The Database Professional tools in VS 2010 allow you to create a project that encapsulates the schema of a SQL database. You can also use this project to create unit tests for stored procs or functions – and create test data for these database unit tests.

However, what if just want repeatable data for normal code unit tests as part of a TeamBuild? I was recently at a client where this scenario came up. I tried to get the data generation plan to run in the [AssemblyInitialize] method of the unit test project, but just got the error “Could not deploy database” or “Could not run data generation plan” – not very helpful.

So we figured out a workaround – essentially we use MSBuild to run the data generation plan in the solution just before unit testing.

Here are the high-level steps you need to follow:

  • Create a DBPro project with a data generation plan
  • Create an MSBuild project file that can run the data generation plan
  • Customize your build template
  • Add 2 arguments – RunDataGeneration and PathToMSBuildProjFile
  • Add a couple of build activities to invoke MSBuild to run the data generation plan

The MSBuild Project File

Once you’ve created the database project (I won’t cover it in this post, but there are plenty of blogs and articles on the web about how to do this), create a data generation plan for your test data. Now create a new xml file in the root of your database project – the one I created is called datagen.proj. Here’s the file contents:

<span style="color: blue">&lt;</span><span style="color: #a31515">Project </span><span style="color: red">DefaultTargets</span><span style="color: blue">=</span>"<span style="color: blue">DataGen</span>" <span style="color: red">xmlns</span><span style="color: blue">=</span>"<span style="color: blue"><a href="">"&gt;</a></span><a href="">"<span style="color: blue">&gt;<br></span></a><br>&lt;<span style="color: #a31515">Import </span><span style="color: red">Project</span><span style="color: blue">=</span>"<span style="color: blue">$(MSBuildExtensionsPath)\Microsoft\VisualStudio\v10.0\TeamData\Microsoft.Data.Schema.Common.targets</span>" <span style="color: blue">/&gt;  <br><br>&lt;</span><span style="color: #a31515">Target </span><span style="color: red">Name</span><span style="color: blue">=</span>"<span style="color: blue">DataGen</span>"<span style="color: blue">&gt;<br><br>&lt;</span><span style="color: #a31515">DataGeneratorTask<br><br></span><span style="color: red">ConnectionString</span><span style="color: blue">=</span>"<span style="color: blue">Data Source=dataserver;Initial Catalog=AutomatedTesting;Integrated Security=True;Pooling=False</span>"<br><br><span style="color: red">SourceFile</span><span style="color: blue">=</span>"<span style="color: blue">.\Data Generation Plans\UnitTestPlan.dgen</span>"<br><br><span style="color: red">PurgeTablesBeforePopulate</span><span style="color: blue">=</span>"<span style="color: blue">True</span>"<span style="color: blue">/&gt;<br><br><!--</span--><span style="color: #a31515">Target</span><span style="color: blue">&gt;<br><br><!--</span--><span style="color: #a31515">Project</span><span style="color: blue">&gt;</span></span></span>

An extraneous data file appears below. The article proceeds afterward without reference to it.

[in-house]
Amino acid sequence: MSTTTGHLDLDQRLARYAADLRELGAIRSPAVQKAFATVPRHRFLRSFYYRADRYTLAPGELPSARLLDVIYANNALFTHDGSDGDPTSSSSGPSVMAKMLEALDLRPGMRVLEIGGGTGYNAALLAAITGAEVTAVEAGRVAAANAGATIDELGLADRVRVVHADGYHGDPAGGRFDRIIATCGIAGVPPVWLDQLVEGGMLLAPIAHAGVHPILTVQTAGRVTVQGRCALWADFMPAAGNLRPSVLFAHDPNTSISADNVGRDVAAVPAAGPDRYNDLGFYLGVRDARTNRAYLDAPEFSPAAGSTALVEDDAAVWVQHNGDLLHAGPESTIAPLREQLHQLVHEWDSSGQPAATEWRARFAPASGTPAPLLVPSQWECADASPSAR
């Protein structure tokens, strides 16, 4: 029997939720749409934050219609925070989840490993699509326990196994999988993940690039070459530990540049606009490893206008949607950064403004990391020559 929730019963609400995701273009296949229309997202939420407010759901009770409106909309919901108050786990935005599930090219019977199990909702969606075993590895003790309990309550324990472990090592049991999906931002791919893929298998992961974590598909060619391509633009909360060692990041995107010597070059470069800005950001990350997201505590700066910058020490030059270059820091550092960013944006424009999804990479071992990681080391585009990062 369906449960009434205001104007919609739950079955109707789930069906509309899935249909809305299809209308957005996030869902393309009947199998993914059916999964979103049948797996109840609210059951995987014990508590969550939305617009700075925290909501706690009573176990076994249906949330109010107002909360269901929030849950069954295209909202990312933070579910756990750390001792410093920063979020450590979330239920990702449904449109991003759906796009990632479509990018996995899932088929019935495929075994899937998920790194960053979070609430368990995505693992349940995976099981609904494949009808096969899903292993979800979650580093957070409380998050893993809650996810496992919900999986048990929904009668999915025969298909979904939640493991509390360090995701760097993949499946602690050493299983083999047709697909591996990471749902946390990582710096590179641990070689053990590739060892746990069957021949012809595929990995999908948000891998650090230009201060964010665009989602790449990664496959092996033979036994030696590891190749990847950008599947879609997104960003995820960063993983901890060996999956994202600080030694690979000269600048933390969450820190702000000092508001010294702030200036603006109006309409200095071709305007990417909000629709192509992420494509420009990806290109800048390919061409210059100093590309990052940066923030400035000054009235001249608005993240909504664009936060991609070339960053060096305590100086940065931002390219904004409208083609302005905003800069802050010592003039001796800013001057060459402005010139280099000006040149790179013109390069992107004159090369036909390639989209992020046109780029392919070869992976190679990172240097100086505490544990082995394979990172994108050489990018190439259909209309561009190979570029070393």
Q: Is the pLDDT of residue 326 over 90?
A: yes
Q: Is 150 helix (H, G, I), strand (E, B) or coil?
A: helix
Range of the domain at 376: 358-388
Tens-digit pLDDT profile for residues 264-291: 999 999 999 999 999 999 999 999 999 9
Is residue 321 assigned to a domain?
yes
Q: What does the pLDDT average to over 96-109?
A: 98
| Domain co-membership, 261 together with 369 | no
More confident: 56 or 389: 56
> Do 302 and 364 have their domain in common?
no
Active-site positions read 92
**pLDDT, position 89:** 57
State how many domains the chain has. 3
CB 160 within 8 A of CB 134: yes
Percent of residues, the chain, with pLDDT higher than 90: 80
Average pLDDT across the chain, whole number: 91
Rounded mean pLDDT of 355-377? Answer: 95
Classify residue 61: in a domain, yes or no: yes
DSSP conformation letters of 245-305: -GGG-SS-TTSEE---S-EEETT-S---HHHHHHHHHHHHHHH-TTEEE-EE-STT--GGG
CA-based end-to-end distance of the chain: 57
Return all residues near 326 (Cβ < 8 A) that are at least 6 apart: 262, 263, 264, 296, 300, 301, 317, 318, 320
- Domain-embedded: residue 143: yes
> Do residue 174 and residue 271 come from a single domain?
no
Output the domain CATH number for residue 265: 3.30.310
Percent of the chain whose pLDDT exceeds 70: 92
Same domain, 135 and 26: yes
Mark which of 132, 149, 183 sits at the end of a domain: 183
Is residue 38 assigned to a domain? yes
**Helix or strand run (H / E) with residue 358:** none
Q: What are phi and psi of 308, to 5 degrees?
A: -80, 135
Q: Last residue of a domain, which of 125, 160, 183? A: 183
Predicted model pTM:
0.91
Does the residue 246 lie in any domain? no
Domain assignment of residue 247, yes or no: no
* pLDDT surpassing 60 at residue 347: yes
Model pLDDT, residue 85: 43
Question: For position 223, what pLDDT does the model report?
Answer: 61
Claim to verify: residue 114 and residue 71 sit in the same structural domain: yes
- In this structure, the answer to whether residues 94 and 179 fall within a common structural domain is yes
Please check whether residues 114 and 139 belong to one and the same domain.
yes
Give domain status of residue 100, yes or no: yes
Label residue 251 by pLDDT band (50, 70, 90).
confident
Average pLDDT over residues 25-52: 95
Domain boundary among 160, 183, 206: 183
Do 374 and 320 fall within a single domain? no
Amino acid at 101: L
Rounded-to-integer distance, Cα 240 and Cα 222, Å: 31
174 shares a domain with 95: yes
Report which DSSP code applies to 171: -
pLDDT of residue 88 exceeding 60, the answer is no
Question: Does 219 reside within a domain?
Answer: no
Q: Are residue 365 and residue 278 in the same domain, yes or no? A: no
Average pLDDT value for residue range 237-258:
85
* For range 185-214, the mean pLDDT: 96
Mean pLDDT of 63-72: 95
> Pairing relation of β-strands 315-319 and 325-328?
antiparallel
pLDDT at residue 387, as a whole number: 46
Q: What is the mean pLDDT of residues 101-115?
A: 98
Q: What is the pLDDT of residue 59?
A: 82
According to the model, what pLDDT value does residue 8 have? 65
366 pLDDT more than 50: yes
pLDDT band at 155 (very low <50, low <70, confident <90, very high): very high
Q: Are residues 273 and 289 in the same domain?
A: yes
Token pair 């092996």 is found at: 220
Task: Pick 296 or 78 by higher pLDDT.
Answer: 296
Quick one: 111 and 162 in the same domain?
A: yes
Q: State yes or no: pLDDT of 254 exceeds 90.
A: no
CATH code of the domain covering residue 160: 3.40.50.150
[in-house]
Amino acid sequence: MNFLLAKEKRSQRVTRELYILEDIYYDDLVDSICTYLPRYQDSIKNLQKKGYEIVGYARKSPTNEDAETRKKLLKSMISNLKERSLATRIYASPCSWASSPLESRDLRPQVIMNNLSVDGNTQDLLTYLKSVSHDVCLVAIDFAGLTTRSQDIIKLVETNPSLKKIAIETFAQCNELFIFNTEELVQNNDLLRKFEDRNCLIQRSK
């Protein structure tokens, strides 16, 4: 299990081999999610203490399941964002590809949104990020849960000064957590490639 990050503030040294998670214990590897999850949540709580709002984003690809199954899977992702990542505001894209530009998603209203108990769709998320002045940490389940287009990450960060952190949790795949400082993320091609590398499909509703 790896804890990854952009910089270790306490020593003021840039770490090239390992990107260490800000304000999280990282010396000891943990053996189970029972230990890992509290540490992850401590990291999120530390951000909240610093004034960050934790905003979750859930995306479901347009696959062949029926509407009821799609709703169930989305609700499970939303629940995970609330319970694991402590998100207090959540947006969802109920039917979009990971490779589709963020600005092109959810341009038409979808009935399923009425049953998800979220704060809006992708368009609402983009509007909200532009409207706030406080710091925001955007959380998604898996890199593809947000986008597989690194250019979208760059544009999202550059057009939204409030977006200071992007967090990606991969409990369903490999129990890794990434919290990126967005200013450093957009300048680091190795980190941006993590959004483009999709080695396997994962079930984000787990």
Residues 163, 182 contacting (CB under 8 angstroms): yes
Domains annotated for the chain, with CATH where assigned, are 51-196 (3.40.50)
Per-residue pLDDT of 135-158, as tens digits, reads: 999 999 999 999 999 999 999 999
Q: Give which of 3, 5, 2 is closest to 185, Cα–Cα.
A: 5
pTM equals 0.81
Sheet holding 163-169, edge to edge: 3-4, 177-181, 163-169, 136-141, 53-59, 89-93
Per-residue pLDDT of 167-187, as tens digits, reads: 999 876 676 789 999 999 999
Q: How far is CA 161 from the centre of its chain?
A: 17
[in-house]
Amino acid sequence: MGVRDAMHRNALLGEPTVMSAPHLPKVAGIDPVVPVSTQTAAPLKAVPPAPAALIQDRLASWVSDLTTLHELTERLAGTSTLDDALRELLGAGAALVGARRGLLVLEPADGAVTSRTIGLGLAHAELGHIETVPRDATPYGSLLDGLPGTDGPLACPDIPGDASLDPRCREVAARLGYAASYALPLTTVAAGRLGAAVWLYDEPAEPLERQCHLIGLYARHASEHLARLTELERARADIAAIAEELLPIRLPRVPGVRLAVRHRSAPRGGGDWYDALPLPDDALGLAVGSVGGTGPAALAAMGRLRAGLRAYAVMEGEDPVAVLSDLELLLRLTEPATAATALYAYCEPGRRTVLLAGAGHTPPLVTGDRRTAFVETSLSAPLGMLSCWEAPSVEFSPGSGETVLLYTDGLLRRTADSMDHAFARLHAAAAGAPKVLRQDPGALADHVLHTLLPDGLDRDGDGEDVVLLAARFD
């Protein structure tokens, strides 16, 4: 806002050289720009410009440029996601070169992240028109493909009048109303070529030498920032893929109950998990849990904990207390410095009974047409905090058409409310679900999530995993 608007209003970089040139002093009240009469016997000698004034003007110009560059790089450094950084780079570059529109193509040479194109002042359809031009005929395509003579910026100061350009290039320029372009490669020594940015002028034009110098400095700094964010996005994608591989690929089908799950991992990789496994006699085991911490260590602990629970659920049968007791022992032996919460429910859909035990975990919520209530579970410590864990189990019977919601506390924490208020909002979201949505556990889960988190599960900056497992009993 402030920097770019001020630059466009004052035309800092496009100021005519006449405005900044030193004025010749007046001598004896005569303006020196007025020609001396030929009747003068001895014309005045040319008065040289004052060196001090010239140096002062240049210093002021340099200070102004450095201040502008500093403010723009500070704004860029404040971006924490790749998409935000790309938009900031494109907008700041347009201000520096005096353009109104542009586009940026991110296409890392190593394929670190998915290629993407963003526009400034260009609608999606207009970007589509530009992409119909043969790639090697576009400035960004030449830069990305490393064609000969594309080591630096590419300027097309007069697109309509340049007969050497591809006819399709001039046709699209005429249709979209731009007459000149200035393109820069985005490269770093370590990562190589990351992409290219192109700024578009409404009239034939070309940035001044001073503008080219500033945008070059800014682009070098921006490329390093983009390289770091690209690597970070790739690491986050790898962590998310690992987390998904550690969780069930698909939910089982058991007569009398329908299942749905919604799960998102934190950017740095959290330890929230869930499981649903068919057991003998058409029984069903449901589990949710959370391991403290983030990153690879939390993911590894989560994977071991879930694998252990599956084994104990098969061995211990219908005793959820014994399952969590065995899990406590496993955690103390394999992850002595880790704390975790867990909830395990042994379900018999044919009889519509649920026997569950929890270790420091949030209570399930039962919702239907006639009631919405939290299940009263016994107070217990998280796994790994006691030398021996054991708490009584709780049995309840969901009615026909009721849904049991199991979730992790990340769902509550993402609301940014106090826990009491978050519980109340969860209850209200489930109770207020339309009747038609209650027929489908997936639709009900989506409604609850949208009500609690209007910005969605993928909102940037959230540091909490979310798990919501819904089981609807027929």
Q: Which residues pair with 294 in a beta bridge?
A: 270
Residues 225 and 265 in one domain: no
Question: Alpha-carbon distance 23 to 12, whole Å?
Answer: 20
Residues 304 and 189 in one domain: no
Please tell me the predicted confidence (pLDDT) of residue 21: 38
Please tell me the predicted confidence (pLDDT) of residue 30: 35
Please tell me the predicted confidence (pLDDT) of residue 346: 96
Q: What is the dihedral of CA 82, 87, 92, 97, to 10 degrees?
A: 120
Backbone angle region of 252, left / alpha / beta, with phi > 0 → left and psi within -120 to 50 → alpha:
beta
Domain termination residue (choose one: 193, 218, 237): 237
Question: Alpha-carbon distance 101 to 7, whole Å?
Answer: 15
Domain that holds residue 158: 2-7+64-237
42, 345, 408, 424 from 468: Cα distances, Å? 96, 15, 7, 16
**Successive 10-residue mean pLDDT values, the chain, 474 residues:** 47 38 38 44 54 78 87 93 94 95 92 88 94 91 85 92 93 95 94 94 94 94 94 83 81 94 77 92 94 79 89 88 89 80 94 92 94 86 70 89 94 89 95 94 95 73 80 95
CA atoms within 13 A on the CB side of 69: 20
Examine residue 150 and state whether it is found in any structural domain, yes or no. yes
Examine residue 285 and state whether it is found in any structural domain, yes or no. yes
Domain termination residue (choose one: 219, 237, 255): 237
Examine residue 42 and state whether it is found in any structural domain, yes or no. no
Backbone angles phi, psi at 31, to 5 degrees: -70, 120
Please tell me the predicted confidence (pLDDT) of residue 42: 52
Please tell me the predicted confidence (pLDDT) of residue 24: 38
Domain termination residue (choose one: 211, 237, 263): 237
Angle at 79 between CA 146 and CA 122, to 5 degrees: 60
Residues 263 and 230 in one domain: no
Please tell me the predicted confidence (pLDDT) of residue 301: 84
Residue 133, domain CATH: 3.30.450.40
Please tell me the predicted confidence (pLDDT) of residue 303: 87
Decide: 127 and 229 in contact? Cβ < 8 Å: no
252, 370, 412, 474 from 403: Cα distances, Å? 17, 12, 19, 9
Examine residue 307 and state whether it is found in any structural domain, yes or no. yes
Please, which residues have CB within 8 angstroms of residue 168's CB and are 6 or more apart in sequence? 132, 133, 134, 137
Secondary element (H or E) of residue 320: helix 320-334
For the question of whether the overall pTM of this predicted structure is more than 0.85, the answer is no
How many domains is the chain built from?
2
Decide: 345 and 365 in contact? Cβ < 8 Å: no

Of course, you’ll need to change the connection string appropriately and set the “PurgeTablesBeforePopulate” to false if you don’t want to blow away the existing data – though since the data generation is creating test data, you should blow away existing data anyway. Set the sourcefile to the dgen file – the path is relative to the root of the database project.

You can test the project file by opening a VS command console, navigating to the folder containing the proj file and typing “msbuild datagen.proj”. Make sure this step succeeds before you continue.

Customizing the Build Workflow

I added two arguments to the workflow – a Boolean called “RunDataGeneration” and a string called DataGenMSBuildProjSourcePath. I also added metadata to “prettify” the arguments when builds are created.

Now it’s time to customize the build workflow to create the test data before unit testing. I used the DefaultTemplate.xaml and navigated into the “Try, Compile and Test” sequence – then went deeper and found the “If Not TestSpecs = Emtpy” activity. A little further, just before the tasks that actually run the tests, I inserted an “If” activity (setting the condition to “RunDataGeneration = True”). The “else” branch is empty and I show the “Then” branch below:


There are just two activities – a ConvertWorkSpace and an MSBuild activity. The ConvertWorkspace task is set to ServerToLocal and converts the DataGenMSBuildProjSourcePath to a local path (set the workspace parameter to “Workspace”). You’ll need to create a local variable scoped to the sequence called “localProjectPath” for the out parameter.

Next, set the MSBuild task’s project to localProjectPath. The only other thing that needs mentioning here is that you MUST set the ToolPlatform of the MSBuild activity to X86 – the data generation seems to only work if called from the x86 msbuild and not from the x64 one.

Check in your template and create the build – make sure you set “RunDataGeneration” to true and set the DataGenMSBuildProjSourcePath to the full source control path to the proj file (starting with $/…).

Happy testing!